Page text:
Facebook changes…

It’s no secret that Facebook is using the people who use it to make money – it’s the whole basis of those ad filled newsfeeds that we all hate and the “boost your post for £” message that pops up when you run a page on FB (for whatever reason).

They also do all sorts of updates and suchlike in order to adjust things – sometimes this is for the better, sometimes it’s for the worse.

The latest one (apparently) is meant to stop clickbait advertising, false news, scams etc. Fair enough, but then again…

This post sums up the technical details as pertains to authors quite nicely:


So I’m going to have to change the way I interact on FB – be more careful with my wording and only post things like questions about my covers etc in my Fan Group, where they will only be seen by those of you who actively seek me out on FB… Or I can return to using my Blog more actively for such things – but again, I’d only be able to post links to the blog posts in my Fan Group.

If you’re interested in joining, my Fan Group (typing that feels so odd – I don’t think of myself as having fans of my work!) can be found at:


I am the only admin, so I check the join requests myself – I haven’t yet turned anyone away!! I would set up a newsletter, but because I am not sure from day to day what I am doing and which book is going to be published next, they wouldn’t be particularly regular and I have no idea if anyone would be interested in having one turn up in their Inbox.

Maybe I’ll set one up when the fan group gets to a certain level…

Being paid with Exposure…

There’s a skirmish raging in the publishing industry at the moment… no, I’m not talking about two of the Big Six going head to head over something, or Traditional Publishing attacking Self Publishing.

I’m talking about writers waking up to a strange concept.


When I started writing in the hope of making it a career, I was naive and hopeful. I’d followed an article I read in a Writing Magazine and started out by trying my luck with the Short Story market.

With every acceptance for an anthology I gained, my ego was given a boost. I was going to make it and in just a few months, I’d have accumulated a writer’s CV with enough stories published to wow an agent when I sent out my first book manuscript…

… or at least that is what I thought.

I was careful. After a few submissions paid for in “exposure”,  I went for anthologies and magazines that paid a minimal amount rather than the “for the love of it” publications. My plan was to get a few of those under my belt and then try for the markets that paid multiple pennies per word.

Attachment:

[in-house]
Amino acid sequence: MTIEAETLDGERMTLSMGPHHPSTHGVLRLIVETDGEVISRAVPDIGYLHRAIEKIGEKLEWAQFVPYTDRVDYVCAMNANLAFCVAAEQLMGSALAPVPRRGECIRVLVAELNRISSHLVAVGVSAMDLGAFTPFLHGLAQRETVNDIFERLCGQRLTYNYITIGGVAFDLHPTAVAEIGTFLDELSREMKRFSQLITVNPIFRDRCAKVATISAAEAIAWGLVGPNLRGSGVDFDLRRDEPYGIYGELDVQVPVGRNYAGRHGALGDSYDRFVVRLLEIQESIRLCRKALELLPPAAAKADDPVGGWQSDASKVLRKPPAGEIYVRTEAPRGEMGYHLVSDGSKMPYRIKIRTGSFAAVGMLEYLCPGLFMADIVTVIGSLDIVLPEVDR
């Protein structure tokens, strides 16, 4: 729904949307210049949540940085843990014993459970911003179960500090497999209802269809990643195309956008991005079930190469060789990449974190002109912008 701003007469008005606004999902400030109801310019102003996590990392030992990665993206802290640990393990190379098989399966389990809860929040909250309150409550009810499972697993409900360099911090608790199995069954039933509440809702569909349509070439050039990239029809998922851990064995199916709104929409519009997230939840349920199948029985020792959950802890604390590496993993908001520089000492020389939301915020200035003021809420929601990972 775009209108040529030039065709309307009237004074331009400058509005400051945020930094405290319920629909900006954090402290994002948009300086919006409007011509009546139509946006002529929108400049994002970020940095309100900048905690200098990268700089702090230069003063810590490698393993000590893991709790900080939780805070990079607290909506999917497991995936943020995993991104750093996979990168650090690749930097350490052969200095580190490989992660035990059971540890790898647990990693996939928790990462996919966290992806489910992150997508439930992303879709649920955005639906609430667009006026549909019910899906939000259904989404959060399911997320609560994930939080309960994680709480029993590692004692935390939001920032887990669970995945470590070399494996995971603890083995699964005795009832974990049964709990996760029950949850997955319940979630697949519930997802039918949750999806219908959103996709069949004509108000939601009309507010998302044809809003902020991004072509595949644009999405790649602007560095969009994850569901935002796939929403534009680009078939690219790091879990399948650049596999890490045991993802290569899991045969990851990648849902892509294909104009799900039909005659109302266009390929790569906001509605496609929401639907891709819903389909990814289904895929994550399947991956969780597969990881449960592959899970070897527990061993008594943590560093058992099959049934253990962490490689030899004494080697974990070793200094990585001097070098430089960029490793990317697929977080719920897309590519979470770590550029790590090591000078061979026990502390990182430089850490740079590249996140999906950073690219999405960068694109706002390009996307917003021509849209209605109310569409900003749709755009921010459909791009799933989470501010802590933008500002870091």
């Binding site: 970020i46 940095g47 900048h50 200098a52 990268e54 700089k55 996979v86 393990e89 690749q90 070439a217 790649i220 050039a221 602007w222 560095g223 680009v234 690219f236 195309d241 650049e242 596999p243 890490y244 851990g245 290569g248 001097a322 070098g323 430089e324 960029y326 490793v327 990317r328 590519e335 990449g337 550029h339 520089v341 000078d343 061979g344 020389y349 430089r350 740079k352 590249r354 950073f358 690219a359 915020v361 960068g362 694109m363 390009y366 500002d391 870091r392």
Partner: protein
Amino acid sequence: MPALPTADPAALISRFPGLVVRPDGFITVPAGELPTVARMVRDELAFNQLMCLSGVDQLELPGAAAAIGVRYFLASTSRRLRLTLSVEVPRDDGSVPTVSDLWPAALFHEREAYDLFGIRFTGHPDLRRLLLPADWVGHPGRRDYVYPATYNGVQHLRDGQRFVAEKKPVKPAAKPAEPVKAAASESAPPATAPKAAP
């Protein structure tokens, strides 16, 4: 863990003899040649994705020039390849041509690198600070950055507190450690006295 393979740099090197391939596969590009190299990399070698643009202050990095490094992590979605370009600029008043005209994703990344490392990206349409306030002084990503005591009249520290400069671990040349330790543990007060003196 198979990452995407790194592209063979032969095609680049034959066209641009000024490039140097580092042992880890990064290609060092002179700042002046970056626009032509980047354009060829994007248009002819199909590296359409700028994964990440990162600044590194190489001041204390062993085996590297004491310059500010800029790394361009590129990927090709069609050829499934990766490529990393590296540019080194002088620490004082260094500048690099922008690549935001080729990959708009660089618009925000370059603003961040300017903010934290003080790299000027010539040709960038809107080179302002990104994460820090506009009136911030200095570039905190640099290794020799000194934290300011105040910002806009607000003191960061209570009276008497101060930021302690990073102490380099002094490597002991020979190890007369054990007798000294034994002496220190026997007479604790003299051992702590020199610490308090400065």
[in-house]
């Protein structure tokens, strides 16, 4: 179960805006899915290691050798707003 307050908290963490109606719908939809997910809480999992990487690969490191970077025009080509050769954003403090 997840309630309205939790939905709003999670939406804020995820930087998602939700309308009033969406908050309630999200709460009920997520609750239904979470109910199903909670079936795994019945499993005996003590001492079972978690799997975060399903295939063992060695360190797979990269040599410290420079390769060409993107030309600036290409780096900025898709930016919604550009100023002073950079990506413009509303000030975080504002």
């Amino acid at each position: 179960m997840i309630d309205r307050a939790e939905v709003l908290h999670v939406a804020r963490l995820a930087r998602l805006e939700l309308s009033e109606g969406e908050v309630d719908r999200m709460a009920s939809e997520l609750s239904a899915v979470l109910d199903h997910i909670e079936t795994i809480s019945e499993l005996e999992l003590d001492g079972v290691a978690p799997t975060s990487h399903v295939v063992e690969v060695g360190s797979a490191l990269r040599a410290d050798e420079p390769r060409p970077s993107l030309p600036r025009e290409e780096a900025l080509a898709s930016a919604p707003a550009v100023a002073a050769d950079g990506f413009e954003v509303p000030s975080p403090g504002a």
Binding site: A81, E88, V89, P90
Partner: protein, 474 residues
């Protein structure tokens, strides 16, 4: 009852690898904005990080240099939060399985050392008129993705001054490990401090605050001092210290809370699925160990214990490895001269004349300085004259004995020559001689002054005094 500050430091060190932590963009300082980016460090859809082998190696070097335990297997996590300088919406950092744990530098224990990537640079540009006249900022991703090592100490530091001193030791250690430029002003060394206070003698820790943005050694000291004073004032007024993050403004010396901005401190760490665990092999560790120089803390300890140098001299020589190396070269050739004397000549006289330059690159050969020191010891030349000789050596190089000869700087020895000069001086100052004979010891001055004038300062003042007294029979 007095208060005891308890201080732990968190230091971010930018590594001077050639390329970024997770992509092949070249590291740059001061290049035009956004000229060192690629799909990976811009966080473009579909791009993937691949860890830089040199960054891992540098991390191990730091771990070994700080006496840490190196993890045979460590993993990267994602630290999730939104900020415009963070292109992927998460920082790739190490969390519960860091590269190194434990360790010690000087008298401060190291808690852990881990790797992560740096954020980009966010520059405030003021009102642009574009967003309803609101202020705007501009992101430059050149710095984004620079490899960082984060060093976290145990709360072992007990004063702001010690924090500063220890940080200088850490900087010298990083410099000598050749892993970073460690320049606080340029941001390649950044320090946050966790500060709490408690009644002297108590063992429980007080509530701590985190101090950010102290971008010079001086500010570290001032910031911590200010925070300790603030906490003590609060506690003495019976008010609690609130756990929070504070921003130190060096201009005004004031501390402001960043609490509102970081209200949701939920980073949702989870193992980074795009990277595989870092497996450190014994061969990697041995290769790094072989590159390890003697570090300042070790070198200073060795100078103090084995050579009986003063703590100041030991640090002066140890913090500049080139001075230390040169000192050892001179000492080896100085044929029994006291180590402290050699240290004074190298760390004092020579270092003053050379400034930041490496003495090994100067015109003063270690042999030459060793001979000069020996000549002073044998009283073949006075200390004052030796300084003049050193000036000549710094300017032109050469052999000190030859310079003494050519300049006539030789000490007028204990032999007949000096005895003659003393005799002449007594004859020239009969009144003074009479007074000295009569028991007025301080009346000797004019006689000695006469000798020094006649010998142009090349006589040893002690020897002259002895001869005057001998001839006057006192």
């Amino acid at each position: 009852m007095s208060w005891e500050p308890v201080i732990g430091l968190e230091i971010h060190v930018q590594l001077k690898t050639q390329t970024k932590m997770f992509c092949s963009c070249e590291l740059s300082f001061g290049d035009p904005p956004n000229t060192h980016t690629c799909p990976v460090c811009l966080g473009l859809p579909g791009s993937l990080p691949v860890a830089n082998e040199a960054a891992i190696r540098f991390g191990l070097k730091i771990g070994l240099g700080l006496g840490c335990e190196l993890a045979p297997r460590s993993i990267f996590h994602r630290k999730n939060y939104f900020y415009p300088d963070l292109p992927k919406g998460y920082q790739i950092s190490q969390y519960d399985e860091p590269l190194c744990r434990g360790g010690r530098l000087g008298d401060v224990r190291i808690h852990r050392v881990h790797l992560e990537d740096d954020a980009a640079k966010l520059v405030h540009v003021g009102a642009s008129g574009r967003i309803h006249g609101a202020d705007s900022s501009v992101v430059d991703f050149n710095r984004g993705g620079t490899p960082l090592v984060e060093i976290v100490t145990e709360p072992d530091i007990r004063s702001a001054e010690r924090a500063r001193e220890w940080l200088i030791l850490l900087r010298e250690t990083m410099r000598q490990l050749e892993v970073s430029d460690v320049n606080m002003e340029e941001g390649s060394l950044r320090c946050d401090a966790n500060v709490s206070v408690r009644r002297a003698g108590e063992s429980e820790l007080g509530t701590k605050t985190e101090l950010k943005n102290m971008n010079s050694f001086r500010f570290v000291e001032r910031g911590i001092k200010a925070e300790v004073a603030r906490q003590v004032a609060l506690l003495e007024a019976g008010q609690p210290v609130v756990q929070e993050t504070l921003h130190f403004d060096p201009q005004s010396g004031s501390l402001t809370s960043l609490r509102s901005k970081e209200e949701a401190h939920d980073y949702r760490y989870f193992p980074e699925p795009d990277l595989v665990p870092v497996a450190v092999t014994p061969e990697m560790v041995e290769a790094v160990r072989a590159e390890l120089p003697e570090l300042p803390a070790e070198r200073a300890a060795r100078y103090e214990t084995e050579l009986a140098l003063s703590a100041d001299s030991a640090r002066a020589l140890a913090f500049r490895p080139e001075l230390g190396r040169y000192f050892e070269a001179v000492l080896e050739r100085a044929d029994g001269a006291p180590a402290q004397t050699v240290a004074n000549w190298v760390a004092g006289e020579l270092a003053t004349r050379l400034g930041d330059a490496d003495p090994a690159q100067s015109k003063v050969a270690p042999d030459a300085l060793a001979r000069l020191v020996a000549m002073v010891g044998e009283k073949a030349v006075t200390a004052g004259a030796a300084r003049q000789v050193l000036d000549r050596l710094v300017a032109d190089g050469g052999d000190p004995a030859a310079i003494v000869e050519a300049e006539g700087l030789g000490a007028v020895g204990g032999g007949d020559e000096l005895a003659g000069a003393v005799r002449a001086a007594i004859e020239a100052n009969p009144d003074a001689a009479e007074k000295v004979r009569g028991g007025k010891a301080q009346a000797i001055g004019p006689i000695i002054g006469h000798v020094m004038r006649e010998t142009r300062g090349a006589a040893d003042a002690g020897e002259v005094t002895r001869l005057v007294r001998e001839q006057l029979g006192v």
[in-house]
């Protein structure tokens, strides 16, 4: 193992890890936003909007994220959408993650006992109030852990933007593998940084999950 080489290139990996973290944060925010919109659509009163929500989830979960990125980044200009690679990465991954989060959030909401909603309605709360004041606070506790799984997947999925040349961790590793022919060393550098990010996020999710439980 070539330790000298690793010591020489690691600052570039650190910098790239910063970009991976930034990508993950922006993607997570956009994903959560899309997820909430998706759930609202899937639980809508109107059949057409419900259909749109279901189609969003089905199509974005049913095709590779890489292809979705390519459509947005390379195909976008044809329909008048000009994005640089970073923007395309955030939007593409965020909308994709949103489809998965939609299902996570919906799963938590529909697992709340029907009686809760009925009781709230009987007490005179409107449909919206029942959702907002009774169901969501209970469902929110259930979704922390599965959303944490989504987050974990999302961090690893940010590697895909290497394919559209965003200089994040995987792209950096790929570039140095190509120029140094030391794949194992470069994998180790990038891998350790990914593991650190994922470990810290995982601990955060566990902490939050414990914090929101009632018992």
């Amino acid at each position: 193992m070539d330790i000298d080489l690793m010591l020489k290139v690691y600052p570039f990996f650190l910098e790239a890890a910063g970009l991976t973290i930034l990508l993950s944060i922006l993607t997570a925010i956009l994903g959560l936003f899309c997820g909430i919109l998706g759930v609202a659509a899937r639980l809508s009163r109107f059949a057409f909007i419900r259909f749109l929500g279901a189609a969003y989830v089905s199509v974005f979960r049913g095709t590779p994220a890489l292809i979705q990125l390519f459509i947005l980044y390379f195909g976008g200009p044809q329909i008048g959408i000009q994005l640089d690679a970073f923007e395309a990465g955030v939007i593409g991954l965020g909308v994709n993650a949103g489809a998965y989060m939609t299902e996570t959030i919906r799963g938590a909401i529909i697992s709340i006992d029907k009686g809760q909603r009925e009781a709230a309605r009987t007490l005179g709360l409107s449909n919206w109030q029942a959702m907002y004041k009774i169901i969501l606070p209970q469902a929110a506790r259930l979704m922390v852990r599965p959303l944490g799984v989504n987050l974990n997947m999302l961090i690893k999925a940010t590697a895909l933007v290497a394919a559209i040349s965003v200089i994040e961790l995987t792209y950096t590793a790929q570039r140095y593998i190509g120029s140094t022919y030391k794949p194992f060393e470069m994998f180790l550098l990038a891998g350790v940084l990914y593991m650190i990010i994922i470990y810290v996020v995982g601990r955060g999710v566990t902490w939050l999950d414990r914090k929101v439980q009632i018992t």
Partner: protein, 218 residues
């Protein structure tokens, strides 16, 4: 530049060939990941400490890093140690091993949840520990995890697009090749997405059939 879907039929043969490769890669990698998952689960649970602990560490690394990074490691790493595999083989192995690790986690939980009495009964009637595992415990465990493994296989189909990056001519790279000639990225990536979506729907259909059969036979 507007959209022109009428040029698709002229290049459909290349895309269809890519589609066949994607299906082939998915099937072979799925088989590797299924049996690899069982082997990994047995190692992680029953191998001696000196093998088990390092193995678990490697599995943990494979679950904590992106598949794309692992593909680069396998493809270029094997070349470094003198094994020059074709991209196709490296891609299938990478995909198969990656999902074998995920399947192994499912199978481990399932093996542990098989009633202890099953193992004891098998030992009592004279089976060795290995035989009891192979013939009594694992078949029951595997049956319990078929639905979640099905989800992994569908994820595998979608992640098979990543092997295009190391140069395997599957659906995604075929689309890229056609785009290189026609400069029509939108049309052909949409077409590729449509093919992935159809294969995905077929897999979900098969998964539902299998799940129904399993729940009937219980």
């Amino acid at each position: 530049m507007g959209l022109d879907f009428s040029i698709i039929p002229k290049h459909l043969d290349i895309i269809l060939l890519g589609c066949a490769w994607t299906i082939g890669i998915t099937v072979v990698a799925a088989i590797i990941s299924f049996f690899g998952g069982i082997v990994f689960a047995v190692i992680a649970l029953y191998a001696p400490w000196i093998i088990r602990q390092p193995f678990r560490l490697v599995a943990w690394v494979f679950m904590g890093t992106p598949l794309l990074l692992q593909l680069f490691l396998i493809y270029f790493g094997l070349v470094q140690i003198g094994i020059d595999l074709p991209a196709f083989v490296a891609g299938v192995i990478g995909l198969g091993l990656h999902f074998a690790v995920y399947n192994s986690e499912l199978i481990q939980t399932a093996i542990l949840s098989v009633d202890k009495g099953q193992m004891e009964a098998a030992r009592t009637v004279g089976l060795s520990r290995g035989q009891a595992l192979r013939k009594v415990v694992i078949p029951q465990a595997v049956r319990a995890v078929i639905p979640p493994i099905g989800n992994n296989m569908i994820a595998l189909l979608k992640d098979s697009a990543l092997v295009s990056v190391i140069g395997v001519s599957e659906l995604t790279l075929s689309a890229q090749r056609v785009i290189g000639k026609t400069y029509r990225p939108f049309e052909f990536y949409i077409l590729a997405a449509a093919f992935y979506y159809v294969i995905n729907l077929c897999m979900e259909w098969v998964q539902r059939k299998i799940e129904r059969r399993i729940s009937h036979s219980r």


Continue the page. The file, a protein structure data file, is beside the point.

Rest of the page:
That went awry when I opened my own webzine and realised that unless I paid for writers, I wouldn’t get more than my friends submitting… and I had a sneaking suspicion that my friends were submitting to either shut me up or to make me feel better as my webzine tanked on the views.

I came out of that period a lot wiser. I learned that being a webzine owner / editor wasn’t as easy as it looked and that the stress of getting an issue out each month wasn’t worth the small moment of pride I got each month.
It also taught me that unless I wanted to starve my family, I was going to have to work harder at bringing money in.

(Yes, I know. I live in the UK – our benefits system is supposed to mean no one starves… *snorts*…)

Anyway. That was where I started my inroad into novel publishing.
I’d sent out a large number of novel queries at the same time as the short story foray. It hadn’t gone well.
Exposure wasn’t worth the paper it wasn’t written on after all, I had discovered. Agents weren’t interested in my publishing credits with magazines, even ones that were popular in the genre crowd. They wanted something that they knew would sell to a big publisher, so that they could collect their 15% commission on a large sum.

So now I’m here.

Self publishing is almost as bad as working for “exposure” but at least I get to set the prices when I publish a book. And at least I do get paid… sometimes it might be pennies per book, but at least all those pennies are mine and mine alone.

Chuck Wendig writes a superb blog. He has an entertaining writing style that brings people to his yard for more than just refreshment…  He’s one of my Writing Heroes because he seems to find time to write Books as well as blog pieces. He’s a genius in the art of grabbing his audience by the throat and getting his point across in a few, well chosen words.

He’s also a tad sweary… which I appreciate because I can’t do it properly. There’s an art to swearing that I have never mastered. But I digress.

I’d seen the blog that Wil Wheaton had posted on the subject of Huffington Post’s refusal to pay for his work back in October.  And at the time, I agreed with it wholeheartedly. I’d chuckled and agreed with The Oatmeal’s take on Exposure Payment and then in the rush of creativity for NaNoWriMo, I forgot about it again. Until this…